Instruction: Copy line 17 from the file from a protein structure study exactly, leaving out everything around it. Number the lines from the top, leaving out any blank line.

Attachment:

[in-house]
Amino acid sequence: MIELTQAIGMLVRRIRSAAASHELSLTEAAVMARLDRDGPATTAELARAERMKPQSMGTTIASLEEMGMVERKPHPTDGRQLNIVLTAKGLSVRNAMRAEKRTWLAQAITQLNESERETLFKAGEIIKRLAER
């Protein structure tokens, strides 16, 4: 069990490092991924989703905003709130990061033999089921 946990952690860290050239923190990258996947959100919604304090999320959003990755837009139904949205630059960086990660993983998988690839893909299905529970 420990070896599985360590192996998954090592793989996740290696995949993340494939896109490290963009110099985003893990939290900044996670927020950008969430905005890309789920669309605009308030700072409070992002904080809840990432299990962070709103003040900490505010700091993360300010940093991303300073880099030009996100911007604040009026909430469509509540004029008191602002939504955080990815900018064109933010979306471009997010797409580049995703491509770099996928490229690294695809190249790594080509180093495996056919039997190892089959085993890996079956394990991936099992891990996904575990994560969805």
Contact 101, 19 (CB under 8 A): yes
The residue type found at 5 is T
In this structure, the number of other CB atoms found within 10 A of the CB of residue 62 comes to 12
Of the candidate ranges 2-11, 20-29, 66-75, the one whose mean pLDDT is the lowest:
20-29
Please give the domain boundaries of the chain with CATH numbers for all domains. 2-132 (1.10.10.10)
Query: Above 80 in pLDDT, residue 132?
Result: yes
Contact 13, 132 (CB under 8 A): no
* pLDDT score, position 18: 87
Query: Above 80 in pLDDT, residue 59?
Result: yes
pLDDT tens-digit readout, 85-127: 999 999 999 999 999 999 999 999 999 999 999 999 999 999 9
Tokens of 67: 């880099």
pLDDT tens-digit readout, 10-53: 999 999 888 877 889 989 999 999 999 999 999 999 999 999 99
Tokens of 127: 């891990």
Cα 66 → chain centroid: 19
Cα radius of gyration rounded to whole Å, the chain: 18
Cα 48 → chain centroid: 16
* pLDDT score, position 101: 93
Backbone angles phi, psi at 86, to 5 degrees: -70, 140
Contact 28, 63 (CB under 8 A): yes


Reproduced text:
Tokens of 67: 């880099």